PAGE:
now if k =1, there exists two permutations \(\sigma\) and \(\tau\) such that \(\sigma(a) \neq \tau(a)\) if we let \(x = \{a\}\) (which is a subset of {1, ..., n} of cardinality 1)
then without loss of generality we have \(\sigma \cdot x \neq \tau \cdot x\), so action is trivial if k is one,
if k = n, then there is only one subset of {1, ..., n} namely that set itself so every permutation will give you that subset.
now I think for 1 < k < n I will have to show that the permutation representation is injective.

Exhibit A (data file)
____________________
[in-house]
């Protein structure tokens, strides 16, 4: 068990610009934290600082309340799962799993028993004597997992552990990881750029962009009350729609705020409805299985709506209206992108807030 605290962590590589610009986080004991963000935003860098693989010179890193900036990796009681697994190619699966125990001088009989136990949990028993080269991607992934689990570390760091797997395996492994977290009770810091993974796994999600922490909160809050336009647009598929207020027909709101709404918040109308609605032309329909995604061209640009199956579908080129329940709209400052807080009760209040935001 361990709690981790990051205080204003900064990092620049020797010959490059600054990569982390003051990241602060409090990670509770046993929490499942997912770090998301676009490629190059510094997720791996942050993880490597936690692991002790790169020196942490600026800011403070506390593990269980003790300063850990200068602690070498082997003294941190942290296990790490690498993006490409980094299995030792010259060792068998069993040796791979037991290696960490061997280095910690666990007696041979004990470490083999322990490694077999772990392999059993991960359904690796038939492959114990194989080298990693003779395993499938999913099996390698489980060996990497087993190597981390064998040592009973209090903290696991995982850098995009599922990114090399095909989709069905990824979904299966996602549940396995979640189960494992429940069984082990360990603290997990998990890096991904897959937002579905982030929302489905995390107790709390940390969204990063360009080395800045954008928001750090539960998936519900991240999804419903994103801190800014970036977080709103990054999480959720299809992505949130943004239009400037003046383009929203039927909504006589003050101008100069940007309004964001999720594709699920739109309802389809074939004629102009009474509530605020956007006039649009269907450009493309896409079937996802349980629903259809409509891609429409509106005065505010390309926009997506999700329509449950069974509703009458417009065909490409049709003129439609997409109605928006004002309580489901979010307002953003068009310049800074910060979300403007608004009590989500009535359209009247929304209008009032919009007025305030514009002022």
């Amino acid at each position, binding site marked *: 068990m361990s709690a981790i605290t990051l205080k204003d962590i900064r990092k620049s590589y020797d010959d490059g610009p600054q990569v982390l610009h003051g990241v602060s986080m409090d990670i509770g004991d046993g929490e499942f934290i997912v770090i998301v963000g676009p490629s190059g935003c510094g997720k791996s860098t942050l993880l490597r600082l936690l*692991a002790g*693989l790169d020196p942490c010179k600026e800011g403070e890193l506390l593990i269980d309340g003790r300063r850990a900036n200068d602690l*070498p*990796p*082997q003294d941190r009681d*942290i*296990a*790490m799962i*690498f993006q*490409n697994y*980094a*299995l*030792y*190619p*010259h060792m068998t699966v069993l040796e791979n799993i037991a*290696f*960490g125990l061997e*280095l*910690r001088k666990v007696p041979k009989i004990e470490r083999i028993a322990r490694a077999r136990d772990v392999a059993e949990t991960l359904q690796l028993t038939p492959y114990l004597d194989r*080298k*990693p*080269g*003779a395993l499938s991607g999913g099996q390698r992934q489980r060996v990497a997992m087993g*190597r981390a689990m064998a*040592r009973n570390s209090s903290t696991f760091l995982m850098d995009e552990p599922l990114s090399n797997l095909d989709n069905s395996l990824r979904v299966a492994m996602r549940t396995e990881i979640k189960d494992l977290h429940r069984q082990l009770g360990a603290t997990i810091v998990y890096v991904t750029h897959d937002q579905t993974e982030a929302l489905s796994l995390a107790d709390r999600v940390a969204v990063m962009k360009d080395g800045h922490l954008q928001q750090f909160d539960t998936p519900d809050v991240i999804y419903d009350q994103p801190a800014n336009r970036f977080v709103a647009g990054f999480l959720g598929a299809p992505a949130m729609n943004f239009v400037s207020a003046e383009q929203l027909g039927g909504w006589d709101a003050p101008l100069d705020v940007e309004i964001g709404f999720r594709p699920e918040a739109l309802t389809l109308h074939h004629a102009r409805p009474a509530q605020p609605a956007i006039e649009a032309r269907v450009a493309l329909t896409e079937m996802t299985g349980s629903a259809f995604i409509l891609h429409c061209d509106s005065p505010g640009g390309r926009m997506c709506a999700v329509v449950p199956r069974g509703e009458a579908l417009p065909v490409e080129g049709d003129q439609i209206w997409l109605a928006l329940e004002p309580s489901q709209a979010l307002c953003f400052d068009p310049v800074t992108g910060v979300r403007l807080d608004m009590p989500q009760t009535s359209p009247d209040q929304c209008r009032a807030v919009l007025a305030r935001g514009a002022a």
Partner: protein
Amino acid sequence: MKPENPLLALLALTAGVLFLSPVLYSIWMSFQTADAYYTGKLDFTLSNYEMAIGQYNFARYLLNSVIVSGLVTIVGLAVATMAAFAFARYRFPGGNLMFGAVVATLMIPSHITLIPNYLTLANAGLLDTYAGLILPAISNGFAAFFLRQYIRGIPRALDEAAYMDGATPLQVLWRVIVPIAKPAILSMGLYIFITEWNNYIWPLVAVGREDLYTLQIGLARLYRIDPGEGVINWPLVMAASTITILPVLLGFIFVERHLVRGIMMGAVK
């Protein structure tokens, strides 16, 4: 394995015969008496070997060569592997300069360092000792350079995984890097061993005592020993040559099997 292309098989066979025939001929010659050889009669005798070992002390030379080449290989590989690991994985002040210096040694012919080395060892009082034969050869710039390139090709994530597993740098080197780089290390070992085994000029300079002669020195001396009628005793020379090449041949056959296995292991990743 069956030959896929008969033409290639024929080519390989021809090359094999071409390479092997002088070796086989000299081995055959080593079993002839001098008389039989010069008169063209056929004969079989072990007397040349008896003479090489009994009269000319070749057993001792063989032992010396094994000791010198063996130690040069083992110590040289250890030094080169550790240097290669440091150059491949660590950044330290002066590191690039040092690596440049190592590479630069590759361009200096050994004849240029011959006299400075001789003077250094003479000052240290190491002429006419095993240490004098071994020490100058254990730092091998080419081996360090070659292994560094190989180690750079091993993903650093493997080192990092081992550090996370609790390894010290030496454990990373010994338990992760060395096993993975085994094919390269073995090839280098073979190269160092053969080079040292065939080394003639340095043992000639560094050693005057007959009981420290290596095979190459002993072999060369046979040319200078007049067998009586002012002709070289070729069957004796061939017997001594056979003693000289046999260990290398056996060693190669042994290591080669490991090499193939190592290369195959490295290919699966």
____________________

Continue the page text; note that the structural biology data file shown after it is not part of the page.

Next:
I think
if we let \(\sigma, \tau\) be different permutations again, then without loss of generality \(\sigma(a_1) = x, \tau(a_2) = x\) then we can choose a subset z of cardinality k so that x and \(a_1\) are in the subset, but \(a_2\) isn't (since k < n, we have at least 1 element not in the subset), then \(\sigma \cdot z \neq \tau \cdot z\), since \(\sigma \cdot z\) contains x, and \(\tau \cdot z\) doesn't, so the action is faithful if k